Economic Theories of Legal Liability
This essay synthesizes and re-conceptualizes some central results of the economic analysis of liability law and sketches the legal details that drive them. Three different legal mechanisms for creating efficient incentives are examined in turn. The first mechanism uses the legal rule of strict liability to internalize costs. The second mechanism uses a negligence standard to create and enforce efficient standards of behavior. The third mechanism uses law to channel transactions into voluntary exchange. The initial explanation of the three mechanisms makes simplifying assumptions of perfect information, solvency, costless dispute resolution, and risk neutrality, before examining the results of relaxing these assumptions. The rules of the three major bodies of liability law—property, contracts, and torts—will be analyzed as examples within these three mechanisms. Property law concerns appropriation of ownership rights or interference with them; contract law concerns broken promises; tort law concerns accidental or intentional harm to people or property.
Volume (Year): 5 (1991)
Issue (Month): 3 (Summer)
|Contact details of provider:|| Web page: https://www.aeaweb.org/jep/|
More information through EDIRC
|Order Information:||Web: https://www.aeaweb.org/subscribe.html|
References listed on IDEAS
Please report citation or reference errors to , or , if you are the registered author of the cited work, log in to your RePEc Author Service profile, click on "citations" and make appropriate adjustments.:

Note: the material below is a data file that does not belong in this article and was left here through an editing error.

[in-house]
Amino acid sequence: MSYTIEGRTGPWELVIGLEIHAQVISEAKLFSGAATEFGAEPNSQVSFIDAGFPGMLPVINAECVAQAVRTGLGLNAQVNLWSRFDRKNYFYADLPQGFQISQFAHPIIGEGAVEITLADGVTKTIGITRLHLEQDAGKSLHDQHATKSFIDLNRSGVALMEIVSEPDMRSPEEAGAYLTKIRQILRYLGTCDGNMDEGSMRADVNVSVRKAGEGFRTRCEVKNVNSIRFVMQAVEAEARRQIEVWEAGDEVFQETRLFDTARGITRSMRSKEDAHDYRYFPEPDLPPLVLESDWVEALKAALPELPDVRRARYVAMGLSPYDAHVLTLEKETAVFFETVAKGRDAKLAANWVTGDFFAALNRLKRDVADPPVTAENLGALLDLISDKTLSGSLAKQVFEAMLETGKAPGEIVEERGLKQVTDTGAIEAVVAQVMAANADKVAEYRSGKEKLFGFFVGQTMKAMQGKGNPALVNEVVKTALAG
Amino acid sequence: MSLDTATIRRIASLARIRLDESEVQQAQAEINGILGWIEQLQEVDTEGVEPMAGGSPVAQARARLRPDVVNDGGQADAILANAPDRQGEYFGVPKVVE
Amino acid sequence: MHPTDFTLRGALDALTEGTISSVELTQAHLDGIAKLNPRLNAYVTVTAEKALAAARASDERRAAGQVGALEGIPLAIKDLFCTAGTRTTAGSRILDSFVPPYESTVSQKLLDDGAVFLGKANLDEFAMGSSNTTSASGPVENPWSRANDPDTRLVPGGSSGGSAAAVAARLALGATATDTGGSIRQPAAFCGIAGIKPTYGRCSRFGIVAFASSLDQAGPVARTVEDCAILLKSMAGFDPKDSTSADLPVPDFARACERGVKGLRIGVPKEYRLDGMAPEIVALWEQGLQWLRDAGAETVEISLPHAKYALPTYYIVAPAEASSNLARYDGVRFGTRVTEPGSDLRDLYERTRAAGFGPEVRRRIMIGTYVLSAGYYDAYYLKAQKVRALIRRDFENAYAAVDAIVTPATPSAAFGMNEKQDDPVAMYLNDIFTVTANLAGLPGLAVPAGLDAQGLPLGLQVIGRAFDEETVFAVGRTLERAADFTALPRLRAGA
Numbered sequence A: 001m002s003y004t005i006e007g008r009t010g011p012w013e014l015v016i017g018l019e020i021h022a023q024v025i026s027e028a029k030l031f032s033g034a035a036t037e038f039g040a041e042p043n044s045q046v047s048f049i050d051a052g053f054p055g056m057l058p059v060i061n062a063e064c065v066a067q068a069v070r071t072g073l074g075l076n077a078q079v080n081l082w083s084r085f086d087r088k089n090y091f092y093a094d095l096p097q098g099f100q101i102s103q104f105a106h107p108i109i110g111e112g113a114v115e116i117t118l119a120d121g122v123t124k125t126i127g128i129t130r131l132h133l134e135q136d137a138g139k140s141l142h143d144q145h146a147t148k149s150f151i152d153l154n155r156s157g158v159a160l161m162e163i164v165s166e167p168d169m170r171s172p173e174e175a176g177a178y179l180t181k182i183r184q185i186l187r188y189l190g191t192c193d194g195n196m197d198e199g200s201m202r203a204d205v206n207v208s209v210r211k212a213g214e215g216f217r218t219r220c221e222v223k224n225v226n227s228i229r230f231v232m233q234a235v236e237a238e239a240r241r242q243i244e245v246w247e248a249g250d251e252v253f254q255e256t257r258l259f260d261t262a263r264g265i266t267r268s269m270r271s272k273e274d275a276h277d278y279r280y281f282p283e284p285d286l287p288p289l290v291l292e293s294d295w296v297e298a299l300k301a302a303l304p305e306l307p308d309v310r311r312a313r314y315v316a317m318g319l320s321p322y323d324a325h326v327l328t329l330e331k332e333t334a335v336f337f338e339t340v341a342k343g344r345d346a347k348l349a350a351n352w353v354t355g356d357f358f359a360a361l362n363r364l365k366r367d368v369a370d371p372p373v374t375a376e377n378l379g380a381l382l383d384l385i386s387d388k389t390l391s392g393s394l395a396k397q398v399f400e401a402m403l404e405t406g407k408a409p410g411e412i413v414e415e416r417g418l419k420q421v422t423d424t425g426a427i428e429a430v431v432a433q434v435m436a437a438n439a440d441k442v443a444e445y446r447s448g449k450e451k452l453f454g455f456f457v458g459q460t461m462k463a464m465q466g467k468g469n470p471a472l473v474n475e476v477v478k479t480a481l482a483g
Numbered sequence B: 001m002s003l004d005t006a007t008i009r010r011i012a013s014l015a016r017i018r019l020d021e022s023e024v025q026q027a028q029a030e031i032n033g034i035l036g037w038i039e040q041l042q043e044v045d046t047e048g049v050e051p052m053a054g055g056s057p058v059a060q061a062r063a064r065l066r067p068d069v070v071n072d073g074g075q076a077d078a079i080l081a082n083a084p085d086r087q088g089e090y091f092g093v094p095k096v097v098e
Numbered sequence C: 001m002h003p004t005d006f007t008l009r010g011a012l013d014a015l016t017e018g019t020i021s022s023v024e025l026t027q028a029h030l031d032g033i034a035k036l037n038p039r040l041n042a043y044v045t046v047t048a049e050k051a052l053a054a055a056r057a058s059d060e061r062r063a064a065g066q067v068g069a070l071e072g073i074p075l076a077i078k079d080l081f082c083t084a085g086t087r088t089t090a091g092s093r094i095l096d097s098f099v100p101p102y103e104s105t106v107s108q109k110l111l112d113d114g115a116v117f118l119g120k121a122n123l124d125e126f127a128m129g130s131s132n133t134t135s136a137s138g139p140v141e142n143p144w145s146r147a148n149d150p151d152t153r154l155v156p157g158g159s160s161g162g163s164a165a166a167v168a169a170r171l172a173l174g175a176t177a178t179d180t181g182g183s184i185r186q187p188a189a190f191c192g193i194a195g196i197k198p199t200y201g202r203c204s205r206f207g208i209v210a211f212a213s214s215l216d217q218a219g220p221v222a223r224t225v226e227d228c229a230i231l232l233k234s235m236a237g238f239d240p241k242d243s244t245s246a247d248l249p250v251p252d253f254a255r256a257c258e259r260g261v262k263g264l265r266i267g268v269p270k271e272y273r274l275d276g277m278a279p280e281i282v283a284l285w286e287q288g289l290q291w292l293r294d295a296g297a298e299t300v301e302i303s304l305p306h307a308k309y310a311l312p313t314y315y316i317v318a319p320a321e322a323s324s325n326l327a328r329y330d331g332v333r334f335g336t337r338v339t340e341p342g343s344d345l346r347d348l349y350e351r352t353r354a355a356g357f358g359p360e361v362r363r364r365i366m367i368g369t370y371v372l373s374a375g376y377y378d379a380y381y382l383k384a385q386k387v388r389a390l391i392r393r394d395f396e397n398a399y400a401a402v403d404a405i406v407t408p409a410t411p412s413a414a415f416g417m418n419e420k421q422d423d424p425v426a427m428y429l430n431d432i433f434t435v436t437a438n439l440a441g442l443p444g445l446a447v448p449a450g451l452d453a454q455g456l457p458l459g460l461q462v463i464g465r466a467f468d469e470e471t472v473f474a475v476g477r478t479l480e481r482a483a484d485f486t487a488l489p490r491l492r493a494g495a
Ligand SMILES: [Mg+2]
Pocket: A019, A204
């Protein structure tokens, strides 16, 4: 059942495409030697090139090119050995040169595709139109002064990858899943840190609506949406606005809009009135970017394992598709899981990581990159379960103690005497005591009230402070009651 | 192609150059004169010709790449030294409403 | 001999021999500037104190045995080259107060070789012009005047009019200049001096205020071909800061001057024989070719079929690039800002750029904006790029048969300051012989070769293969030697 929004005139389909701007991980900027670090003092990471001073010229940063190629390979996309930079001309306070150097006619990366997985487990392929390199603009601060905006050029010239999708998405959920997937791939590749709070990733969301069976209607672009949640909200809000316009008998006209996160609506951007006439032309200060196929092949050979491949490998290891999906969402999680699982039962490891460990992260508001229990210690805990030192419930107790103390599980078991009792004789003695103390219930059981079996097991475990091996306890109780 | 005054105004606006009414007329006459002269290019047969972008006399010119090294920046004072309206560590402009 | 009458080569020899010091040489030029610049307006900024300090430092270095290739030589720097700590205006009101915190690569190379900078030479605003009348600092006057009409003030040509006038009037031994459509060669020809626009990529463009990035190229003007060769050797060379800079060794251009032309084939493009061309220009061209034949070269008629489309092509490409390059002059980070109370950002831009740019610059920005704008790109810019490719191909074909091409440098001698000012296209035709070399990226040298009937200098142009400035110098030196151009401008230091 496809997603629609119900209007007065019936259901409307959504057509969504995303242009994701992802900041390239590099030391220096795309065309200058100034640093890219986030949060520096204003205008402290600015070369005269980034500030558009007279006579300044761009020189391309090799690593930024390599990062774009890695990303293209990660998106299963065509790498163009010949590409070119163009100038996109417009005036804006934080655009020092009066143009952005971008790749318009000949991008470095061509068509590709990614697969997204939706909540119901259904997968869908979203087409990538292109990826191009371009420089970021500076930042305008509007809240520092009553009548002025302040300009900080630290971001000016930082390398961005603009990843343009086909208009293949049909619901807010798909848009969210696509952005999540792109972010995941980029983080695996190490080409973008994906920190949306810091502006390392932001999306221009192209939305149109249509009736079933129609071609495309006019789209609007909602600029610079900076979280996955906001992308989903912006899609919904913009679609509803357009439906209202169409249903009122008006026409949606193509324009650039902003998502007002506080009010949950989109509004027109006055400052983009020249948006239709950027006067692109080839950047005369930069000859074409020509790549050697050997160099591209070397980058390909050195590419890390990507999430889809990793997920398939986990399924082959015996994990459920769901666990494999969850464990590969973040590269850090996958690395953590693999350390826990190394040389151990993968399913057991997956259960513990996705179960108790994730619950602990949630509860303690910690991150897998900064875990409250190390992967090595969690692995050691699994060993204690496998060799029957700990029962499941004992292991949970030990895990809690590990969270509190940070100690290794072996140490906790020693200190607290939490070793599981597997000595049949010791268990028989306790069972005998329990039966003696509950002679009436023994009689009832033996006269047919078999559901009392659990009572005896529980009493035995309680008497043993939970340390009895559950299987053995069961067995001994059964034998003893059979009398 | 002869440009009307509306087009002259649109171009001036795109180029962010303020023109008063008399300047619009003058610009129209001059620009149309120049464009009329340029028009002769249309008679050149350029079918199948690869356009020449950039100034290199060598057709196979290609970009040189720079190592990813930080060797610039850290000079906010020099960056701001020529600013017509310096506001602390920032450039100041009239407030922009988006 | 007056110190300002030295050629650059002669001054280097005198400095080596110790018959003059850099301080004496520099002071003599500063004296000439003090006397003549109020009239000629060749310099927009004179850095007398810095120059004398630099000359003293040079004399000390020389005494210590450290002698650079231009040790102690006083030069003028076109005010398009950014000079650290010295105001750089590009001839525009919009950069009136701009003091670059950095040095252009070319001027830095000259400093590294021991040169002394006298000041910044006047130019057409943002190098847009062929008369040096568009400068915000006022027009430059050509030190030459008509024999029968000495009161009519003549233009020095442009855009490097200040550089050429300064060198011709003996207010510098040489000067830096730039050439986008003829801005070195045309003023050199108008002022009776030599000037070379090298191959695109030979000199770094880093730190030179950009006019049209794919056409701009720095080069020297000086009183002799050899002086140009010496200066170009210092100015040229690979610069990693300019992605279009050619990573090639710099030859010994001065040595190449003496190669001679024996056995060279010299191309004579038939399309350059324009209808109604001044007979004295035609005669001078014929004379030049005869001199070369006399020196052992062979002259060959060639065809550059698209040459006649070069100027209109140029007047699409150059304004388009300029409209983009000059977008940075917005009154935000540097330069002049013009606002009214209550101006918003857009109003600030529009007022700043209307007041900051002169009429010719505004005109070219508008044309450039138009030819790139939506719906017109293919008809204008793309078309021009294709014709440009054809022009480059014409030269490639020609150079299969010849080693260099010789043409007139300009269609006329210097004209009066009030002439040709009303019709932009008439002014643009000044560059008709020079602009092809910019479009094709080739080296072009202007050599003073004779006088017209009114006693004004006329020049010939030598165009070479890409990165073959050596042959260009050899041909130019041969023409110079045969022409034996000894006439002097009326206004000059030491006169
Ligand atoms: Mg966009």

- Cooter, Robert D & Rubinfeld, Daniel L, 1989. "Economic Analysis of Legal Disputes and Their Resolution," Journal of Economic Literature, American Economic Association, vol. 27(3), pages 1067-97, September.
- Cook, Philip J & Graham, Daniel A, 1977. "The Demand for Insurance and Protection: The Case of Irreplaceable Commodities," The Quarterly Journal of Economics, MIT Press, vol. 91(1), pages 143-56, February.
- Craswell, Richard & Calfee, John E, 1986. "Deterrence and Uncertain Legal Standards," Journal of Law, Economics and Organization, Oxford University Press, vol. 2(2), pages 279-303, Fall.
When requesting a correction, please mention this item's handle: RePEc:aea:jecper:v:5:y:1991:i:3:p:11-30. See general information about how to correct material in RePEc.
For technical questions regarding this item, or to correct its authors, title, abstract, bibliographic or download information, contact: (Jane Voros)or (Michael P. Albert)
If you have authored this item and are not yet registered with RePEc, we encourage you to do it here. This allows to link your profile to this item. It also allows you to accept potential citations to this item that we are uncertain about.
If references are entirely missing, you can add them using this form.
If the full references list an item that is present in RePEc, but the system did not link to it, you can help with this form.
If you know of missing items citing this one, you can help us creating those links by adding the relevant references in the same way as above, for each refering item. If you are a registered author of this item, you may also want to check the "citations" tab in your profile, as there may be some citations waiting for confirmation.
Please note that corrections may take a couple of weeks to filter through the various RePEc services.